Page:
Table 1 reports the prevalence and infection intensity of any STHs and three species separately for the schools, two sexes, three age classes and two seasons. Infections with any STHs were observed in 824 out of the 1,680 subjects screened (49.0%). T. trichiura was the most prevalent (n = 596, 35.5%), followed by A. lumbricoides (n = 394, 23.4%). Hookworm was observed in 166 subjects (9.9%). STH infections were observed in all 14 schools, except for hookworms for which infections were absent in 2 schools. Among the schools there was a large variation in prevalence, ranging from 16.7% to 68.3% for any STH, from 6.7% to 39.2% for A. lumbricoides, from 10.8% to 55.0% for T. trichiura and from 0 % to 28.3% for hookworms. Variation in infections between sexes (females vs. males) was small both for any STH (50.0% vs. 48.2%) and the three STH species separately (A. lumbricoides: 23.3% vs. 23.6%; T. trichiura: 34.5% vs. 36.3%; hookworms: 10.1% vs. 9.7%).
There was increase in STH infections across age, with the proportion of infections increasing from 47.7% for age class A to 52.0% to age class C. An increase across age classes was also observed for hookworms (A: 5.8%; B: 10.1%; C: 13.8%). For T. trichiura a decrease in prevalence across age classes was observed (A: 37.1%; B: 35.2%; C: 34.2%). For A. lumbricoides no trend was observed (A: 26.0%; B: 21.2%; C: 23.4%). STH infections were more prevalent in the dry season (52.4%) compared to the rainy season (45.7%). This seasonality in prevalence was most pronounced for T. trichiura (39.2% vs. 31.8%), followed by hookworms (11.4% vs. 8.3%). For A. lumbricoides, the proportion of infections across seasons was comparable (23.8% vs. 23.0%). Overall, the mean FEC was 1,938 EPG, 207 EPG and 29 EPG for A. lumbricoides, T. trichiura and hookworms, respectively. Among the schools there were large variation in FEC for each of the three STH, ranging from 317 EPG to 4,926 EPG for A. lumbricoides, from 18 EPG to 532 EPG for T. trichiura and from 0 EPG to 60 EPG for hookworms. Variation in infections between sexes (females vs. males) was small (A. lumbricoides: 1,908 EPG vs. 1,968 EPG; T. trichiura: 199 EPG vs. 214 EPG; hookworm: 31 EPG vs. 28). There was decrease in infection intensity across age for both A. lumbricoides (A: 2,884 EPG; B: 1,727 EPG; C: 1,228 EPG) and T. trichiura (A: 305 EPG; B: 177 EPG; C: 143 EPG). However, an increase across age classes was observed for hookworms (A: 17 EPG; B: 31 EPG; C: 40 EPG).
Intensity of all three STH infections was higher in the dry season. This seasonality in infection intensity was most pronounced for A. lumbricoides (2,411 EPG vs. 1,465 EPG), followed by T. trichiura (295 EPG vs. 119 EPG) and hookworms (35 EPG vs. 23 EPG).
Seasonal differences in prevalence and infection intensity:
overall, any STH infection was less prevalent in the rainy season compared to the dry season, the odds of any STH infection being 0.74 (95% confidence interval [0.57-0.97], z = -2.19, p = 0.03) times smaller than the odds of any STH infection in the dry season (Figure 3
A significant difference in prevalence across seasons for the three STH species separately was only observed for T. trichiura infections
). For this STH, the odds of infection in the rainy season were 0.71 ([0.53-0.96], z = -2.26, p = 0.02) times smaller than those in the dry season. A comparable odds ratio (0.68 [0.68-1.06]) was observed for hookworms, however this ratio was not significantly different from 1 (z = -1.71, p = 0.06) (Figure 5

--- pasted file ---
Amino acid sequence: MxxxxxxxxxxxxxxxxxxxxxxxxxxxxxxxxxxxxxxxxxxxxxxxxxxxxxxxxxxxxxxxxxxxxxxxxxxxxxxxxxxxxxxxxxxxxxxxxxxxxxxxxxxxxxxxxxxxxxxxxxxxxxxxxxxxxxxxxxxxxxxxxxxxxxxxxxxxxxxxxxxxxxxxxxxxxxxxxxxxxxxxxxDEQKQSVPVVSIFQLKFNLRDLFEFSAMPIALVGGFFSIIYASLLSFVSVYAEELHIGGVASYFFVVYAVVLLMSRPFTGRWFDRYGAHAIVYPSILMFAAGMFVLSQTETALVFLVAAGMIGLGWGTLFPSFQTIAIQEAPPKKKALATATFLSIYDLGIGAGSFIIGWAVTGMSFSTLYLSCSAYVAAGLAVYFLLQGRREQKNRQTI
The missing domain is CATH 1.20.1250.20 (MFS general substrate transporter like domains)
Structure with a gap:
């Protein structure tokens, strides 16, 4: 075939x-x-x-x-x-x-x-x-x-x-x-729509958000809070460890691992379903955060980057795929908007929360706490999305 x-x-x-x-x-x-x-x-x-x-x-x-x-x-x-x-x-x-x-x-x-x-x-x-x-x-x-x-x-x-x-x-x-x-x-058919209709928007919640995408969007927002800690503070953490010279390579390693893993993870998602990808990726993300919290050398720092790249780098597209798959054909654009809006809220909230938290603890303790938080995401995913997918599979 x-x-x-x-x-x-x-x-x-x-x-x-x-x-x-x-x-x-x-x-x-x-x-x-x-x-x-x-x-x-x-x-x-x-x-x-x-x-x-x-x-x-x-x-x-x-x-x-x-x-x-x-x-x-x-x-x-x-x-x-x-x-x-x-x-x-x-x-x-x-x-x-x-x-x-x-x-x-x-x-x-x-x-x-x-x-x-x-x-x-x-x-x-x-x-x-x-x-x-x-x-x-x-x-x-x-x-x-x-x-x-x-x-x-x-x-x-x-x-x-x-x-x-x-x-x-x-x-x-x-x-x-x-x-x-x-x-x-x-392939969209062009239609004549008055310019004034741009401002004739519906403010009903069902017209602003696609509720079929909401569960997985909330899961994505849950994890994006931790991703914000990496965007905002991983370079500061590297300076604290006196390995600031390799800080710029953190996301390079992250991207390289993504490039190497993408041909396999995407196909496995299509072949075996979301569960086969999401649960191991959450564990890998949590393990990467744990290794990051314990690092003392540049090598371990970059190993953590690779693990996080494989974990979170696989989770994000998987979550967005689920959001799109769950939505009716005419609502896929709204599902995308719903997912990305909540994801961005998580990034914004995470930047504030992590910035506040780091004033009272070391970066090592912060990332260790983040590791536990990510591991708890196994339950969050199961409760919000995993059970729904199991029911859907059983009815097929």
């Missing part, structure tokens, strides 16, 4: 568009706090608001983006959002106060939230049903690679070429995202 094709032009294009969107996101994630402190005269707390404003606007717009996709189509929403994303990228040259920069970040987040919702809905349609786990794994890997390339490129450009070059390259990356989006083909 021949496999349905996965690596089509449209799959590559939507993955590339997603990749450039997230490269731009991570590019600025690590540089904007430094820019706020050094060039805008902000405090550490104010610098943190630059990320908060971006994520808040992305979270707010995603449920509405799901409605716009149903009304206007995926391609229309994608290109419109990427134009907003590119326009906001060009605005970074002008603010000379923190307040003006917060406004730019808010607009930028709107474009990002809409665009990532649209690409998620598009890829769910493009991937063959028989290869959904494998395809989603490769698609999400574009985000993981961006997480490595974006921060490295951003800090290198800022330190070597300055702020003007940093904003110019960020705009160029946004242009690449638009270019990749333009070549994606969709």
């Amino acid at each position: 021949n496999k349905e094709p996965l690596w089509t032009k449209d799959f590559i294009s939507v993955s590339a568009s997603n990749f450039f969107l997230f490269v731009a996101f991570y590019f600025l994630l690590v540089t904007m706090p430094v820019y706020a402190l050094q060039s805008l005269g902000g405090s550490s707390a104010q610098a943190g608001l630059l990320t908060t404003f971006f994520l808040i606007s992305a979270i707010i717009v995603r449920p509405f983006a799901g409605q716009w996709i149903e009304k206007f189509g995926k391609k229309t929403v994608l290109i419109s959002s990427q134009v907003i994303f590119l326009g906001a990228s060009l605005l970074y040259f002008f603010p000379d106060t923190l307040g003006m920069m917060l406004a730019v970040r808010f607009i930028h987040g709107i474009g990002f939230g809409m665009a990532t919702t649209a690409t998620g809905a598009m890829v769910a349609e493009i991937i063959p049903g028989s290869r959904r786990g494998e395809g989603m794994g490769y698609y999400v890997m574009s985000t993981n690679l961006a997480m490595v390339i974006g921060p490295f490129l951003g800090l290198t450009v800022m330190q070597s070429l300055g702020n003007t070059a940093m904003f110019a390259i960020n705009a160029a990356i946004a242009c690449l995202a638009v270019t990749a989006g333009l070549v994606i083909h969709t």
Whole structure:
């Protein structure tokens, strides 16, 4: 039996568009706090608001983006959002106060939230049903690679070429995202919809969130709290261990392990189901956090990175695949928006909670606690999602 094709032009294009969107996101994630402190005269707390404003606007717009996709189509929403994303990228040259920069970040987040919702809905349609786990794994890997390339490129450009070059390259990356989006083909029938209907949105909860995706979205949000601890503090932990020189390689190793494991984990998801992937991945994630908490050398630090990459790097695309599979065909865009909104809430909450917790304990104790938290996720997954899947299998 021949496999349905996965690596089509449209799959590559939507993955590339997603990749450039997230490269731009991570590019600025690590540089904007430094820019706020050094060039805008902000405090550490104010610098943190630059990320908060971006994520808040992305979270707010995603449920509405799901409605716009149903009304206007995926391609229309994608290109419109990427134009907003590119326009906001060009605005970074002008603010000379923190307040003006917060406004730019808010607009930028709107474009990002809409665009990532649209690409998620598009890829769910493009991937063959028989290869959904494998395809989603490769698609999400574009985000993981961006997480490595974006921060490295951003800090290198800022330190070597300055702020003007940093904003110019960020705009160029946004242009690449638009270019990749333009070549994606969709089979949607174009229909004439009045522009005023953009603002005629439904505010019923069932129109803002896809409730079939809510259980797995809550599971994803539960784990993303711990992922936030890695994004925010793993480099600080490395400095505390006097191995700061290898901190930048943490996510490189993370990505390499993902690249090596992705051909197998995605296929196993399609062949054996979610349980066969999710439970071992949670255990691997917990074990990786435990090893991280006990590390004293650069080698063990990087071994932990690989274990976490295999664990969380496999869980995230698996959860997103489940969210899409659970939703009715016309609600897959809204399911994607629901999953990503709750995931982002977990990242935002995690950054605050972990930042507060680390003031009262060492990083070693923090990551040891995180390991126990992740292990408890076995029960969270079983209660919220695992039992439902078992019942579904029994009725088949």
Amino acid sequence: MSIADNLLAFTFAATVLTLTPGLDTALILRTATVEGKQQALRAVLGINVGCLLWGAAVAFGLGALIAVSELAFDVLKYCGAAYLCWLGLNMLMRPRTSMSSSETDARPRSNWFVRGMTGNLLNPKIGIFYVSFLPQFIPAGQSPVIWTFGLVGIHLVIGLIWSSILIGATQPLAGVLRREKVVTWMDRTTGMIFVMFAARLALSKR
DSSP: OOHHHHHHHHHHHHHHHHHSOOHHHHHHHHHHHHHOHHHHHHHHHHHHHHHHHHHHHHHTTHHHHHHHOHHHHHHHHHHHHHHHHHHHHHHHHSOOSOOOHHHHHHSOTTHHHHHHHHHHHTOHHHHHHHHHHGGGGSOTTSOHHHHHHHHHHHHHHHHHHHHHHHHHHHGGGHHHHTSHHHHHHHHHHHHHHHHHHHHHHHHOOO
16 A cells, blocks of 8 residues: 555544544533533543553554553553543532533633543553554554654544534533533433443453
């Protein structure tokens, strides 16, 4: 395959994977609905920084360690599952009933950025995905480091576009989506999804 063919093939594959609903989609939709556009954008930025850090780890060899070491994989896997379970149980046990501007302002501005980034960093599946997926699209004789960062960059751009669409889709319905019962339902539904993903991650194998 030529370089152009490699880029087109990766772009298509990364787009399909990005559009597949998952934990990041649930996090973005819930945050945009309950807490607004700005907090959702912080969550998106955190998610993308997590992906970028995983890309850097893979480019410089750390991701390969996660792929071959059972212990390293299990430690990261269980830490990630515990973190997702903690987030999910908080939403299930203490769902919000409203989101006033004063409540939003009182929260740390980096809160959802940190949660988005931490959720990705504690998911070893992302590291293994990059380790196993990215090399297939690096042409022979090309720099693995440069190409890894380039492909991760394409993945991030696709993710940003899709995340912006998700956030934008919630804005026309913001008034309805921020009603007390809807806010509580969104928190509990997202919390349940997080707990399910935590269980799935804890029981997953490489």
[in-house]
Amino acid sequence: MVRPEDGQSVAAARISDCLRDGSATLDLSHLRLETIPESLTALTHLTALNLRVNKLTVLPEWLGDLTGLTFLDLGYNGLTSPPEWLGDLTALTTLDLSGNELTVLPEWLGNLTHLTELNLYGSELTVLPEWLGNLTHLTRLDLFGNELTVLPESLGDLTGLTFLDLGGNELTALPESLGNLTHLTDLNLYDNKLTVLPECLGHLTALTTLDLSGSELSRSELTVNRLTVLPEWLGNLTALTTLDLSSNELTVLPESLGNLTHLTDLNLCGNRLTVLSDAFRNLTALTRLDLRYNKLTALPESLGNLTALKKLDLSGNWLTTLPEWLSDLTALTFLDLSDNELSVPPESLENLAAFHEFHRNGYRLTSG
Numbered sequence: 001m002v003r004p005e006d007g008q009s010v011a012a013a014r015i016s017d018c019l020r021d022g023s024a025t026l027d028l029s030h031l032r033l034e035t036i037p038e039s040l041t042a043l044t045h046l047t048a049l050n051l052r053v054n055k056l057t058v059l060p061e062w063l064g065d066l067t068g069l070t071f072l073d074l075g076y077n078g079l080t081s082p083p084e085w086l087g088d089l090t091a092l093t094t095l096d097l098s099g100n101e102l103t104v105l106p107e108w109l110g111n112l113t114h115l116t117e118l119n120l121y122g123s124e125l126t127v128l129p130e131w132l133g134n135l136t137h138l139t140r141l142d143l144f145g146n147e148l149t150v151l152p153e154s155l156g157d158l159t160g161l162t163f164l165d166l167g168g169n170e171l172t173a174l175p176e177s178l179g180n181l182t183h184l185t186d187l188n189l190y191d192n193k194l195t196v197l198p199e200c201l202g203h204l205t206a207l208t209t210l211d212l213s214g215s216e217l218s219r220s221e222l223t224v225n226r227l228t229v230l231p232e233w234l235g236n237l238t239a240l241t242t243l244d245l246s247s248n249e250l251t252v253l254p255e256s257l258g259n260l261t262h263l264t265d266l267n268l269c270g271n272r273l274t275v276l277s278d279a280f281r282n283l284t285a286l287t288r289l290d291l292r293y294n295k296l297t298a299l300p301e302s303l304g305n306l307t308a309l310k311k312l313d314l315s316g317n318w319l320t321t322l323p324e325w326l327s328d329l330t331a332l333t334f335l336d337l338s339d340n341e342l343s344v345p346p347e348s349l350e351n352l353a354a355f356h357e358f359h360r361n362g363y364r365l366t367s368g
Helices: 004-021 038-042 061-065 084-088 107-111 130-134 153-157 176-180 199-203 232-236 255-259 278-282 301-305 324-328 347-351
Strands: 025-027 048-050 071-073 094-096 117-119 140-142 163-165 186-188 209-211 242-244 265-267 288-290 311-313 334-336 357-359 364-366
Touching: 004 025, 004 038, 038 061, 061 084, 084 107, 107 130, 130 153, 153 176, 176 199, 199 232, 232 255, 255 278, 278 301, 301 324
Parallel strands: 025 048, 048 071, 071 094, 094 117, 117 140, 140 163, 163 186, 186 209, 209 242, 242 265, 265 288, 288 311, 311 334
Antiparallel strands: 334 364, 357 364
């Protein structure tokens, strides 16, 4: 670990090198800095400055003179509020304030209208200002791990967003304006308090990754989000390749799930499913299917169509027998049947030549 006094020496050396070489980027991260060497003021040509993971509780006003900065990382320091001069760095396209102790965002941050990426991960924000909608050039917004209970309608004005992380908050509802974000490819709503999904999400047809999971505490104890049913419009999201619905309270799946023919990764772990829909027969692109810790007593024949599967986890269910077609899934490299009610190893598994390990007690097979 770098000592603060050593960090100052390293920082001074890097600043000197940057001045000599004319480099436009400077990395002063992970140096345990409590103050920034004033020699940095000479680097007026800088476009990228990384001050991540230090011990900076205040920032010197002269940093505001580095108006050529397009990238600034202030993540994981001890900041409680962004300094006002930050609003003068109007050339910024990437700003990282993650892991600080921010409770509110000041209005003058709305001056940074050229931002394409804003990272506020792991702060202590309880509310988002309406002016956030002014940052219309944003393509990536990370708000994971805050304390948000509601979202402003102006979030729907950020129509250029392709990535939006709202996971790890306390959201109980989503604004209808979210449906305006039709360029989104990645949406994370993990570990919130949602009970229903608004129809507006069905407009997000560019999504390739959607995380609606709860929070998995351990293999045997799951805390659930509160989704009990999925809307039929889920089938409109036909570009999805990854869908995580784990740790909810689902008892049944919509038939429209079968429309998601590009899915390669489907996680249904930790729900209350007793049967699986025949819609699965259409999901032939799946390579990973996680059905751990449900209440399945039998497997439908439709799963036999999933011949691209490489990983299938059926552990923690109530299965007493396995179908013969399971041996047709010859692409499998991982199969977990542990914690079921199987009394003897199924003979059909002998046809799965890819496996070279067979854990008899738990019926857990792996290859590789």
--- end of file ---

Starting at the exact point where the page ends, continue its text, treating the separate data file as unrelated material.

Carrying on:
). For A. lumbricoides
infections the odds ratio equalled 1.00 [0.68-1.48] (z = 0.02, p = 0.98) (Figure 6
A significant difference in infection intensity across seasons was observed for A. lumbricoides
) and T. trichiura
). For both STH species, infection intensities were lower in the rainy season compared to those in the dry season. The estimated difference infection intensity equalled 569 EPG ([35-1104], z = -2.09, p = 0.04) for A. lumbricoides
and 60 EPG ([1-120], z = -1.98, p = 0.05) for T. trichiura
. For hookworms, estimated difference was 10 EPG ([-8-28], z = -1.11, p = 0.27) no significant difference in infection intensity across seasons was observed.
Overall, the prevalence and intensity of STH infection is high among SAC in Jimma Town where nearly half of the children are infected at least with one STH species. Our data showed even within a defined geographic area located in less than 10 km radius (Figure 1), huge variation was observed in any STHs prevalence and intensity. This is in line with studies who have revealed that STHs show considerable and distinct spatial heterogeneity [17-19]. This finding is supported with the argument that the precise distributions of STH infection and their underlying demographic, socio-economic and environmental determinants, still remains poorly defined. It has been documented that unhygienic sanitation, inadequate water supply and the use of untreated night soil fertilizer are man-made environmental factors that are particularly favorable for transmission of these helminths [6, 20]. Yet the ecological and epidemiological features that might explain the spatial heterogeneity of STHs distribution among those schools in Jimma Town, however, remain to be investigated. Specially consideration should be placed on the geological composition and soil types of the specific study locations given that these environmental factors have been shown to play significant role in the transmission of STH [21-25], which is the limitation of this study, as we did not explore those factors.
Compared to end of rainy seasons (September-October) SAC were shown to have marginally higher prevalence of both T. trichiura